The Other 99%
Don't worry — this isn't a political post. In this case 99% means the volume of searchers whom you're missing.
Here's the simple (and conservative) calculation that gets us there (note — this is for industrial manufacturers, not SaaS or other products):
- If you've done a great job of SEO and are ranked 1-3 in non-branded organic search results, AND you've optimized title, URL and meta description to merit a click, you probably have a CTR (check yours in Google Search Console) of about 20% - that means 80% are not clicking through.
- If you've really optimized your site for conversions using well-placed, simple forms and even chat and pop-ups, you probably convert at a 5% rate visitor to lead, which translates to 1 out of the 20.
- This means 1 out of 100 people who search the term for which you've worked so hard to rank actually become a lead. Sure, you may capture anonymous data for 19, but there's not much you can do with that aside from observing surges from target account IP addresses and hoping that your ABM is working.
Kind of discouraging, isn't it? Especially when you consider how many search terms you have to pursue given multiple personas, stages in the buying journey, impact of team buying, etc. Even when you really nail it (e.g. a top three listing) you're still only going to harvest 1% of the leads.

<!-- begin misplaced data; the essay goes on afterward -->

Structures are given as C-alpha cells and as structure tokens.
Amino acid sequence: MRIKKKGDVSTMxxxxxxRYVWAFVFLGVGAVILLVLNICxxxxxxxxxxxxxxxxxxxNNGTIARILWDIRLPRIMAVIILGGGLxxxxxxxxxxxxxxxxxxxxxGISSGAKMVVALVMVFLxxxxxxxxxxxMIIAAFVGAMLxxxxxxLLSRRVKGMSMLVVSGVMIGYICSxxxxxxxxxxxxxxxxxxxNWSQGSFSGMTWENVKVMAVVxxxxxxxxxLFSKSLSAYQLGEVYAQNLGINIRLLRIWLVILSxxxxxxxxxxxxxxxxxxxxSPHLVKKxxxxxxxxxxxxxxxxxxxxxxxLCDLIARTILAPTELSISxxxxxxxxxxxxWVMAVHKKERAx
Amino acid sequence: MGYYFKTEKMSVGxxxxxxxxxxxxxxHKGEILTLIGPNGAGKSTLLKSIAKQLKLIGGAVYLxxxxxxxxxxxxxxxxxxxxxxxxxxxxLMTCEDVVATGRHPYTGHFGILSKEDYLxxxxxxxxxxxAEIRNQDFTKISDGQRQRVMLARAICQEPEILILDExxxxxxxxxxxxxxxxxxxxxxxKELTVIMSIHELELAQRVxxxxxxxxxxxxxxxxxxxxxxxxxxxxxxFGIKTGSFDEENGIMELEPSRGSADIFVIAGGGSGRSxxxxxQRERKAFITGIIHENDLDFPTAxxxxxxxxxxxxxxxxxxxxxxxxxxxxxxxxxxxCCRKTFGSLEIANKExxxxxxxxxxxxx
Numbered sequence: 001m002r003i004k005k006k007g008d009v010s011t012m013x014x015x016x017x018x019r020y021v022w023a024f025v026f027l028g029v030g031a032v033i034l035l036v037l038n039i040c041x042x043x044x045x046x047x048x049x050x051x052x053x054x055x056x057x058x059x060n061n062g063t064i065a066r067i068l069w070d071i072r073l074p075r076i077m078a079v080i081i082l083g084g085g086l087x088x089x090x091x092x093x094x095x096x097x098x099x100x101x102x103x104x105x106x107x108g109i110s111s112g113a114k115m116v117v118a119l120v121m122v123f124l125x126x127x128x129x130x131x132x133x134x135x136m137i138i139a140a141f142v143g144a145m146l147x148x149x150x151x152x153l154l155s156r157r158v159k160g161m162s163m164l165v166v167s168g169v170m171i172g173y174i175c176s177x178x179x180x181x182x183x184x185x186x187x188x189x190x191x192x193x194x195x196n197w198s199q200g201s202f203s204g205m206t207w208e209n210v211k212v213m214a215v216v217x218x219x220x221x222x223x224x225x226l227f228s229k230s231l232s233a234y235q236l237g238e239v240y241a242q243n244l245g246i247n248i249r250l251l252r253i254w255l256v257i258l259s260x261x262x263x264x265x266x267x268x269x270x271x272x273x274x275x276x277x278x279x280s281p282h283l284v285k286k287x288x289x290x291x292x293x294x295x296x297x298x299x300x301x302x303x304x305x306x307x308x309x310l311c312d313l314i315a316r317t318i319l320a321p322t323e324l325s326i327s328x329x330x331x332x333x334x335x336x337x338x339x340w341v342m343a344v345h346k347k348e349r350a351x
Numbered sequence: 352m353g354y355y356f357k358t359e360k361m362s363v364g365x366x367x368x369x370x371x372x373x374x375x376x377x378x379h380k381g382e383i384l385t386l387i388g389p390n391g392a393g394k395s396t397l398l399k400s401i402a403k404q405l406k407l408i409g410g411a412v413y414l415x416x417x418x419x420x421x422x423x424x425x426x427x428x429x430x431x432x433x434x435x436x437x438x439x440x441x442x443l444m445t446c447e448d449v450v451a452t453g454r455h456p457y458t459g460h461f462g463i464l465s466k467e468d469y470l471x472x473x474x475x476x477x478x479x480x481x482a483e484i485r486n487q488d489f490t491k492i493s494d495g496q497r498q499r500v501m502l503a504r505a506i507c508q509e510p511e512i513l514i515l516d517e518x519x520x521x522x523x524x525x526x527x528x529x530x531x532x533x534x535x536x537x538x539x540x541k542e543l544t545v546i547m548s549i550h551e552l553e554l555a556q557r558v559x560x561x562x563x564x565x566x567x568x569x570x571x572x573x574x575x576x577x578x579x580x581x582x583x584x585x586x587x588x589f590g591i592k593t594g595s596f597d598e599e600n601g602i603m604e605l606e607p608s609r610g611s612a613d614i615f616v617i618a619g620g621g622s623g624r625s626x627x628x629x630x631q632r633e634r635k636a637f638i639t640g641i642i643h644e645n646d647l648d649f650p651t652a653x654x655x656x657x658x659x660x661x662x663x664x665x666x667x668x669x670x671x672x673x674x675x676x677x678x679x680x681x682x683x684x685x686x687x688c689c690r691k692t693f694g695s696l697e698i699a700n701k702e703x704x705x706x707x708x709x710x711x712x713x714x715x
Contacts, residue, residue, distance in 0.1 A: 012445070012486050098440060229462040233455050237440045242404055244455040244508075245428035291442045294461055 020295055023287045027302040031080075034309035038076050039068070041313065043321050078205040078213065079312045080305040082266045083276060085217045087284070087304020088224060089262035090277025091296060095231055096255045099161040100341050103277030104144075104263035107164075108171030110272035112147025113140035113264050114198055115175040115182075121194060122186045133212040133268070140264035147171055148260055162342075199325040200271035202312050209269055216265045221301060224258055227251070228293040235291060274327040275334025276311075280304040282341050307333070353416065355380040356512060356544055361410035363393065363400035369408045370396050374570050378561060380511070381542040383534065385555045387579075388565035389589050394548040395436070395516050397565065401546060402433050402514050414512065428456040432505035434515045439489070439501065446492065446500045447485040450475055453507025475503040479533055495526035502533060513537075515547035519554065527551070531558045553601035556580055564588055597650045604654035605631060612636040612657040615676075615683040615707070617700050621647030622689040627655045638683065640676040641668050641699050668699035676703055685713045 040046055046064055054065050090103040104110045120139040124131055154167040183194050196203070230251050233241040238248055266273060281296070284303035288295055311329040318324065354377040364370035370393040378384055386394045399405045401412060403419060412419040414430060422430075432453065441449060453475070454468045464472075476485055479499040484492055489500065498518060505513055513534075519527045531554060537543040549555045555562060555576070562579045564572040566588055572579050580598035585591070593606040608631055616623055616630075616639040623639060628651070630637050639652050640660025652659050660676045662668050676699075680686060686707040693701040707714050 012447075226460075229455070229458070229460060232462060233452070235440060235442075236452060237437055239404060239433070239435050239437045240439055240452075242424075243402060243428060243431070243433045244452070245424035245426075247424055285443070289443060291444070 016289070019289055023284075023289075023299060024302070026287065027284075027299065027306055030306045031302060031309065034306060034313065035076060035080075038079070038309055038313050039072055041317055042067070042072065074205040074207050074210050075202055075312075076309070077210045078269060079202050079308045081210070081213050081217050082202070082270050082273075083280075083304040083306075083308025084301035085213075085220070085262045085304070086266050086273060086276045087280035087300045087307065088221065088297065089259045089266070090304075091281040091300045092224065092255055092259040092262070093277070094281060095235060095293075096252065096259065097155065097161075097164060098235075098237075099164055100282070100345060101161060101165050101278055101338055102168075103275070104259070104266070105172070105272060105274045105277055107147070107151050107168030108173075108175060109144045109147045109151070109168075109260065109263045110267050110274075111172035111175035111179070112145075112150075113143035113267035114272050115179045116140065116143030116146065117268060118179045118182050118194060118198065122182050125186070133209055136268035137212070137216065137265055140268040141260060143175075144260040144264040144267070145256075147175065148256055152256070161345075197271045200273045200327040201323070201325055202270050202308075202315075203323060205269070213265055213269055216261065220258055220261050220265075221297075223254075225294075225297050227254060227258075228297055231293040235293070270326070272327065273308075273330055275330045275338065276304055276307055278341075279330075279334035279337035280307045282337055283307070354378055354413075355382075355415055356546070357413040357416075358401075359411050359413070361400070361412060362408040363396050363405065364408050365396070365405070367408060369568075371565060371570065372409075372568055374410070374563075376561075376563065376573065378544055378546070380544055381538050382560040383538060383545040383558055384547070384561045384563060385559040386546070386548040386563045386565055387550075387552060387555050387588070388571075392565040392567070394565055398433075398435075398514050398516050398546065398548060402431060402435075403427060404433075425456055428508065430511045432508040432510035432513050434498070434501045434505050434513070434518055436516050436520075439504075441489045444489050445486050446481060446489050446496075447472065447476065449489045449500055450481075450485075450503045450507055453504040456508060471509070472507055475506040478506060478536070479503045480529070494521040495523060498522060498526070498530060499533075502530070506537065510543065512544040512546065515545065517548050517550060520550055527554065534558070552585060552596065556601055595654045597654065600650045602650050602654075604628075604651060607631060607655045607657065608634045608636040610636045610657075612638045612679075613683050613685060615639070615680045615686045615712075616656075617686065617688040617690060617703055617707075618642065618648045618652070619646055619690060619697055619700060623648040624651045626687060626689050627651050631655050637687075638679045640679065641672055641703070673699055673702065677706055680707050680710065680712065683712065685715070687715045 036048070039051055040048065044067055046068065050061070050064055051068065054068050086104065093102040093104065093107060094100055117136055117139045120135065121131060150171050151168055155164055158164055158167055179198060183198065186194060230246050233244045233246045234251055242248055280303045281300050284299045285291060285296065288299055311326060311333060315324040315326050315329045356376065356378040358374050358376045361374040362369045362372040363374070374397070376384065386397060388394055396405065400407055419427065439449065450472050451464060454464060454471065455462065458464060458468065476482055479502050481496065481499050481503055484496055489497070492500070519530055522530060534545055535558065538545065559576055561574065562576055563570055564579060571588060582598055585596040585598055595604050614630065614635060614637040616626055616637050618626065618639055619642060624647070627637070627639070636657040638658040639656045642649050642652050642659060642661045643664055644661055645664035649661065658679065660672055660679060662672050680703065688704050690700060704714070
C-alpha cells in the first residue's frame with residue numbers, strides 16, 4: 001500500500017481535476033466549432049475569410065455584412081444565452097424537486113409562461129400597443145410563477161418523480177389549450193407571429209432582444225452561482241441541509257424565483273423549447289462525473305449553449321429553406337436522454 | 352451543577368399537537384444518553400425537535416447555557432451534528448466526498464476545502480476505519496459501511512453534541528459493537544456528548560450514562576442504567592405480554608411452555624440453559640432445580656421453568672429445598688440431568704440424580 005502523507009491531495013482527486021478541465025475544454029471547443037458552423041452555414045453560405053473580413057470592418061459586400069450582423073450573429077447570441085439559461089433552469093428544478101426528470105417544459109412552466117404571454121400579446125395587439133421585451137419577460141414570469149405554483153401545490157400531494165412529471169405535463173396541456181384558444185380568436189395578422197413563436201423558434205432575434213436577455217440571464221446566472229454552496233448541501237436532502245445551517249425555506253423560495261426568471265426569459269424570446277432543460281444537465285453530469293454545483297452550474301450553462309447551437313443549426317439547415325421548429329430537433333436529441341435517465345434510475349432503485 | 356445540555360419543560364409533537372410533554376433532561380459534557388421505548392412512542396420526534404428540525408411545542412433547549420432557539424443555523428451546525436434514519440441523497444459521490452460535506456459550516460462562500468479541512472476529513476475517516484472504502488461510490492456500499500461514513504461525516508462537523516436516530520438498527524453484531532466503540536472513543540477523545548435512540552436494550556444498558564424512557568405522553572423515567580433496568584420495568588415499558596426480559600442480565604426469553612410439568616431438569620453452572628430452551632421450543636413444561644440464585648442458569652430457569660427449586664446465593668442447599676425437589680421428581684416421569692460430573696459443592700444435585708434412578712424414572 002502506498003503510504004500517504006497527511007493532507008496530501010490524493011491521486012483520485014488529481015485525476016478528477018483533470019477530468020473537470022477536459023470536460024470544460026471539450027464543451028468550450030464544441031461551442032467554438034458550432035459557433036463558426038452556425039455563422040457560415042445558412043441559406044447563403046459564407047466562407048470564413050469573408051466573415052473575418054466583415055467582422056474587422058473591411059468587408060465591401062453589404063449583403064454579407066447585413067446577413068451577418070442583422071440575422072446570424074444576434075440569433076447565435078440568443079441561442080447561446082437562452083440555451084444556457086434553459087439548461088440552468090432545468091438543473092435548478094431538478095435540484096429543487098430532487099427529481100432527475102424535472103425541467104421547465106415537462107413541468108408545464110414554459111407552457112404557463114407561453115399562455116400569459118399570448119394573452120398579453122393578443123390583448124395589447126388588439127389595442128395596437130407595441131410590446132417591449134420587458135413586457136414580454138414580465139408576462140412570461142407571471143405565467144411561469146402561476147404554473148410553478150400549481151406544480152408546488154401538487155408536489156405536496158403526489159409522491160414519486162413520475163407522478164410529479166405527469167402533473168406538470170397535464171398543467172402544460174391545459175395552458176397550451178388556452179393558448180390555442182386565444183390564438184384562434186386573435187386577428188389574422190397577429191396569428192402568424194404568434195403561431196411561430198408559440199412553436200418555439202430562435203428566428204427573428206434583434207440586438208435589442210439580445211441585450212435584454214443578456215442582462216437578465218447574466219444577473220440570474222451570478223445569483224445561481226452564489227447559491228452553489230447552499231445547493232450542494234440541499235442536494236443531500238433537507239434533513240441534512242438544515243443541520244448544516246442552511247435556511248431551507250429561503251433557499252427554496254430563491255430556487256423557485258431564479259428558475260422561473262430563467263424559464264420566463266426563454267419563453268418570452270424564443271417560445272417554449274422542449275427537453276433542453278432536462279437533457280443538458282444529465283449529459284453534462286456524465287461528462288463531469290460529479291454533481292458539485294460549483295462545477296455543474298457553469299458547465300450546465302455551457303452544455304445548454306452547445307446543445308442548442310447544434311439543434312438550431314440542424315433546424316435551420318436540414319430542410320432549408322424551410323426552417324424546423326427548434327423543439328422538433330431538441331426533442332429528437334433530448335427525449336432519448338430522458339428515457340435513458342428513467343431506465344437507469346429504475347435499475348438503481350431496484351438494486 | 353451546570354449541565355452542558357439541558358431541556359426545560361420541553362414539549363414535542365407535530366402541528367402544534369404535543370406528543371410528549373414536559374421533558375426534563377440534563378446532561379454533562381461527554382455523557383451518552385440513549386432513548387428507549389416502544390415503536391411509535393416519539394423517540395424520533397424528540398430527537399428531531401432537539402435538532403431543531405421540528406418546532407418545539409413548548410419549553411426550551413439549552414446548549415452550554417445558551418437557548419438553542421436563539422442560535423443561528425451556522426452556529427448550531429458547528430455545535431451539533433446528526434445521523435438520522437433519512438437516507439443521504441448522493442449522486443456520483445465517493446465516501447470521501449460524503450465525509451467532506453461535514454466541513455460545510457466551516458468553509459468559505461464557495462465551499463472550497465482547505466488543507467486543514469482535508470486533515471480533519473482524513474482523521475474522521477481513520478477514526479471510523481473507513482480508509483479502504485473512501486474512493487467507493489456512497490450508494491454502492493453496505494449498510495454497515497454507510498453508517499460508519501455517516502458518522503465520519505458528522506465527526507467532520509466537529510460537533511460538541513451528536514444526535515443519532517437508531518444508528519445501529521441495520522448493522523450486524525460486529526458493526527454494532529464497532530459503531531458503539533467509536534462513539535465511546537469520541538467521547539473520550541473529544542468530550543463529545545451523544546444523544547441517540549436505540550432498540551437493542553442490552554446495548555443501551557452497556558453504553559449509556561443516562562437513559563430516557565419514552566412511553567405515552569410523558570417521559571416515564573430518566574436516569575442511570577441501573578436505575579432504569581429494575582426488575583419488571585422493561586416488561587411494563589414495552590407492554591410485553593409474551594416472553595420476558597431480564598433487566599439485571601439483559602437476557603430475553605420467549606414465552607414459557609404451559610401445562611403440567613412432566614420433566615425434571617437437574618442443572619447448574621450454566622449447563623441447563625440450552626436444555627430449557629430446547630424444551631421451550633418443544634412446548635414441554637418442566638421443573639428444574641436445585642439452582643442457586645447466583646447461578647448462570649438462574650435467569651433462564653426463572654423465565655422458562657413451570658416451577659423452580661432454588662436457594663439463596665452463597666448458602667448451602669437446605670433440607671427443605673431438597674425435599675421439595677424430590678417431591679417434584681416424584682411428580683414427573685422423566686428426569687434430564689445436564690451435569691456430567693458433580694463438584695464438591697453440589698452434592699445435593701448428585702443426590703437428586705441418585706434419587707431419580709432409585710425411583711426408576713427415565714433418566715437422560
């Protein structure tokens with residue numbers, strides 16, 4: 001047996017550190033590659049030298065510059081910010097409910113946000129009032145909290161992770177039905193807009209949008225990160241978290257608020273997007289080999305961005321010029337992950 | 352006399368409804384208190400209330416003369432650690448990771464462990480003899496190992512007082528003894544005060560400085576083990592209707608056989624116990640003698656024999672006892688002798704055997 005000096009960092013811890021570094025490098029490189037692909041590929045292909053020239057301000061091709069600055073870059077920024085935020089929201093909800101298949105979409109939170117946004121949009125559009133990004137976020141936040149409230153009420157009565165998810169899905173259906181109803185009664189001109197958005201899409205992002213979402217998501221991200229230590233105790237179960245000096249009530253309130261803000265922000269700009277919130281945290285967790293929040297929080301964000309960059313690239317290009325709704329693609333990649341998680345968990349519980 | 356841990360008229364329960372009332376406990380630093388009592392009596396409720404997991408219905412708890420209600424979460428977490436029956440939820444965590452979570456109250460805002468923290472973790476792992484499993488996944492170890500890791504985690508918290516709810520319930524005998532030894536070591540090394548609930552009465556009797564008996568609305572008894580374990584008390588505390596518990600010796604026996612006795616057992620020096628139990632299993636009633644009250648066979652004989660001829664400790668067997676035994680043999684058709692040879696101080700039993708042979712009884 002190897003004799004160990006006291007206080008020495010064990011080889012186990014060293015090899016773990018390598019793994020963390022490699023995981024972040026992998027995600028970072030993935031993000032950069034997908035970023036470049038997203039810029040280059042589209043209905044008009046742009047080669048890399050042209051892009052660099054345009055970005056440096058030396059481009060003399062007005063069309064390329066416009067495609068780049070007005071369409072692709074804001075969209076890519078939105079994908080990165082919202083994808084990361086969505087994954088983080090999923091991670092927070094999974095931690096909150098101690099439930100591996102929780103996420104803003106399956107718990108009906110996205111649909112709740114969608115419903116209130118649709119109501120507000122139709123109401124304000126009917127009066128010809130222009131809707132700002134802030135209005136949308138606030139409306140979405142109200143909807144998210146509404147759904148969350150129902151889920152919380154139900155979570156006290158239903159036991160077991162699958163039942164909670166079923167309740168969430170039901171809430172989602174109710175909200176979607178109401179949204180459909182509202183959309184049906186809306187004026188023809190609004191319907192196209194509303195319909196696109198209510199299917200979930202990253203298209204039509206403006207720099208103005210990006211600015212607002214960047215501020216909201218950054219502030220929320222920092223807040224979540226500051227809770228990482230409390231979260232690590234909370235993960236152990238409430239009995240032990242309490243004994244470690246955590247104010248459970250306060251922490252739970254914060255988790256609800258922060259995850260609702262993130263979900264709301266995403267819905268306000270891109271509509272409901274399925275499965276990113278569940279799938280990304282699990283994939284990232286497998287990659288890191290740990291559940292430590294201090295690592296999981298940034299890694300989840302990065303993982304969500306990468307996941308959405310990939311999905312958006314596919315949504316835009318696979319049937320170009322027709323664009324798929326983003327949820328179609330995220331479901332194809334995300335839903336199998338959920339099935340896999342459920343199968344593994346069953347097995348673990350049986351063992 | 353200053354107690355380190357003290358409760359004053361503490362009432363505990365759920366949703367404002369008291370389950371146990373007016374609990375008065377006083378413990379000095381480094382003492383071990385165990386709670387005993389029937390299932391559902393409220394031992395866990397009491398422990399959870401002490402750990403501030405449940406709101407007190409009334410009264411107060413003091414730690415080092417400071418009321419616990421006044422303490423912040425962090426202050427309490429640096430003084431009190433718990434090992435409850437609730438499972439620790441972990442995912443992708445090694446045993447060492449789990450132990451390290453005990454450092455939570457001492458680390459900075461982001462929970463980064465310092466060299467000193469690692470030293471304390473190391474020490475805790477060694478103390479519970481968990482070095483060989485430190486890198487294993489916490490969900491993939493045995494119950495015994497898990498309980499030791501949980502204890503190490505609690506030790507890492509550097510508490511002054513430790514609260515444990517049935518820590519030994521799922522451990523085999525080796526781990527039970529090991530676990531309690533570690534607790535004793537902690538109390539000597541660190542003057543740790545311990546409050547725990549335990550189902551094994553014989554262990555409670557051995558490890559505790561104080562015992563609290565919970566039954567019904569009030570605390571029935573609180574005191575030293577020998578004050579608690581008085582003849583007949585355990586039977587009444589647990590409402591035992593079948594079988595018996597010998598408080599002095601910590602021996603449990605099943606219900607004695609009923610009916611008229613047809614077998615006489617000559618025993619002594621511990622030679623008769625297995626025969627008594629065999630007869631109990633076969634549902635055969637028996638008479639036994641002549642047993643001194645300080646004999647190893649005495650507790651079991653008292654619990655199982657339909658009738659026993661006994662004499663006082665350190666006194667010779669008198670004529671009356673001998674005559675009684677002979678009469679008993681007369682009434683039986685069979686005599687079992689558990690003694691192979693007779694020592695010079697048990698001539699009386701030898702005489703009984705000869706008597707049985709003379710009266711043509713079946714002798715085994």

Snap out of it!
OK. Pity party over. You signed up to deliver results, not just post twice a week.
But here's the good news: The inexorable evolution of marketing technology has an answer. It's called buyer intent data.
G2 Crowd calls buyer intent data the ultimate marketing conversion tool. They're wrong — it's the ultimate revenue growth conversion tool; as powerful for sales as it is for marketing.
Here's how it works:
The power of buyer intent data is to introduce you to the other 99% (or a substantial portion of them).
What if you knew the contact details of anyone who fit your target profile (title, size of company, region of the world) and took actions online after an activity like:
- searching for one of your target search terms
- downloading a competitor's content
- following, commenting, liking or sharing an influencer or important social media profile
- reading specific industry news